Foreign Minister sets priorities

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This week’s re-election of Norway’s Labour-led government coalition also means that Jonas Gahr Støre is more than likely to continue as the country’s Foreign Minister. A commentary he wrote in a major Oslo newspaper last week offers insight into what his priorities will be over the next four years.

The Labour Party is widely viewed as owing much of its victory to its popularprime minister candidate, Jens Stoltenberg. Even though Norwegians vote for parties and not people, Stoltenberg himself has consistently ranked high in public opinion polls and clearly helped return Labour to power.

Almost equally popular, and perhaps even more highly respected than Stoltenberg, is Norway’s incumbent Foreign Minister Jonas Gahr Støre. Stoltenberg and Støre have a close relationship and were the “dynamic duo” who helped fend off a challenge from the non-socialists. Even though both Stoltenberg and Støre say they’re committed social democrats, they’re seen as “modern” Labour politicians with a sense for private initiative and global affairs.

Støre won a seat in Parliament in this week’s election but is expected to turn it over to another Labour colleague and continue as Foreign Minister. He spent much of his own time on the campaign trail talking about foreign policy and has identified 14 “important areas” over the next several years.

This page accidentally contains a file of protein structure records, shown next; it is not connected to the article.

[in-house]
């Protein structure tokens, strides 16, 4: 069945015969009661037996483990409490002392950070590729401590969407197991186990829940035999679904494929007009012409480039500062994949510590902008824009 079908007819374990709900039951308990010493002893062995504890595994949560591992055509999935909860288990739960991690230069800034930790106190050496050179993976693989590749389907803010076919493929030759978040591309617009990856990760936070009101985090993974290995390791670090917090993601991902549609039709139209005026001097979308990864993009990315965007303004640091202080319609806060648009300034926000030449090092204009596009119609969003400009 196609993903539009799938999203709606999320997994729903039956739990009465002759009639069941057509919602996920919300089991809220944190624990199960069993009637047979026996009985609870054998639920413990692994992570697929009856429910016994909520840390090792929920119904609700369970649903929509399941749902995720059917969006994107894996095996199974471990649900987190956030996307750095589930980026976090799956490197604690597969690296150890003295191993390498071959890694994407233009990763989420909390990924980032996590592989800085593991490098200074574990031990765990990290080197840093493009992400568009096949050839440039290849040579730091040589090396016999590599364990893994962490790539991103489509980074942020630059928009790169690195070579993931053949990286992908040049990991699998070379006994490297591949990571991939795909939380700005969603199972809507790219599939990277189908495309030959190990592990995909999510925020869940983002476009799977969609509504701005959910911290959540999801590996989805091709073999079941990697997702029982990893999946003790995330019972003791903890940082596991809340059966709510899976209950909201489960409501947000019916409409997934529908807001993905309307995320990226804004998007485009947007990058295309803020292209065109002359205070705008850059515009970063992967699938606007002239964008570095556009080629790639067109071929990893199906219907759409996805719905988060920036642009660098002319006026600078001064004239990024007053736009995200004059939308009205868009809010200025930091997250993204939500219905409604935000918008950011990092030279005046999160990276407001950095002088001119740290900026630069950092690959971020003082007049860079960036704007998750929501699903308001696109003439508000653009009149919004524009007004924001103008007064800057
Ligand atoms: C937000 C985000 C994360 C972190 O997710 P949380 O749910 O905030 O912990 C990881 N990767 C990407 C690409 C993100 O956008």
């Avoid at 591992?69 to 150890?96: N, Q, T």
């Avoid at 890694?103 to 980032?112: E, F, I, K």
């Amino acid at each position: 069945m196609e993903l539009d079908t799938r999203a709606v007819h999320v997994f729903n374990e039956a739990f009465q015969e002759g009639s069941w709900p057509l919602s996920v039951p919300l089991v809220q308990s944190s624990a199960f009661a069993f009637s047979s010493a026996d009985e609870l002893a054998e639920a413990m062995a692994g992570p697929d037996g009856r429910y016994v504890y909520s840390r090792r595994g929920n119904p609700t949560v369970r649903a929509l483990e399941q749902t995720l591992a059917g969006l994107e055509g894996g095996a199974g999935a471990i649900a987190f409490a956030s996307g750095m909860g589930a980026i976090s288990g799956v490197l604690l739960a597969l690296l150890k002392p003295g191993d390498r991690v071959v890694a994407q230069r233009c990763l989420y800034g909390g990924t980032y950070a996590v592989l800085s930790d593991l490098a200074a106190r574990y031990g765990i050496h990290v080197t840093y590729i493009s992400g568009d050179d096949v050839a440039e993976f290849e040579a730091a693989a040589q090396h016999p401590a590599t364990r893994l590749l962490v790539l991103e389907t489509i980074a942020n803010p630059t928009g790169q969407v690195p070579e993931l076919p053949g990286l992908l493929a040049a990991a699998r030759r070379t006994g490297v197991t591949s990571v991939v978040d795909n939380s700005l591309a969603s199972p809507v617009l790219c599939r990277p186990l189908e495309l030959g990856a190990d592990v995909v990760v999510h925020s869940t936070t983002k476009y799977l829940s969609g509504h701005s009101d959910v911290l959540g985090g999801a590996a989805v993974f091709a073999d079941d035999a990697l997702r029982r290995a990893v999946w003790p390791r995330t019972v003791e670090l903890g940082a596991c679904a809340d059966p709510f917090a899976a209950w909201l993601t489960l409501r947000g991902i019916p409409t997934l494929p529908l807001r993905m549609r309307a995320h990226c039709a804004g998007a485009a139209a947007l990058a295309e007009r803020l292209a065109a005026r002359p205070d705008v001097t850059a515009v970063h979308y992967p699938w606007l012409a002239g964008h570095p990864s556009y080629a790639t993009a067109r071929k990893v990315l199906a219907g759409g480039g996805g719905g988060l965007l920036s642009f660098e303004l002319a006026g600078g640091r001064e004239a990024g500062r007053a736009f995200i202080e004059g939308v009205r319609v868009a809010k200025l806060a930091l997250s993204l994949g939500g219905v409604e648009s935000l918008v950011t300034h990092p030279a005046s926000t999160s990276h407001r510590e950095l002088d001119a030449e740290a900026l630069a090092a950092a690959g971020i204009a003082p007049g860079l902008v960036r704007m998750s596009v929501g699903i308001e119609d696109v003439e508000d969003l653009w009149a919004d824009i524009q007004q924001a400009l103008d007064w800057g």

Writing in newspaper Aftenposten , Støre said Norway will give highest priority to issues “that touch on Norwegian interests and where Norway can make a difference.” The most important among them, he wrote, is the Nordområdene (northern areas) where Norway wants to address climate change, better manage Arctic resources and maintain good relations with Russia. Støre’s “building blocks for the north” include investment in the environment, culture and infrastructure.

Støre’s number-two issue is “saving the climate,” calling it a form of “modern national security policy.”Like Stoltenberg has said,Støre said Norway will work for a “strong and fair” international agreement to halt climate change, through major emissions cuts and by setting a price on carbon.

His other priorities include:

** Cooperation with the European Union and maintenance of the EØS agreement on trade with the EU;

** Fighting poverty and nurturing development through more “efficient and directed” foreign aid;

** Promotion of a “stronger and reformed” United Nations, with a “more representative” UN Security Council;

** Promotion of new strategies for NATO, of which Norway is a member;

** Development of Afghanistan’s own ability to run the country;

** Being a strong international voice for human rights and battling discrimination;

** Continuing international vaccination efforts to save children’s lives;

** Getting countries in the Nordic area into the G-20 as a single voice;

** Promotion of ongoing disarmament and the fight against cluster bombs;

** Peace brokering efforts where Norway can help bring together countries and organizations in conflict;

** Promotion of a new global agreement for fair trade, to secure a new WTO pact;

** Continue the foreign ministry’s role as looking after Norwegian interests and Norwegians abroad, and strengthening Norwegian business and culture internationally.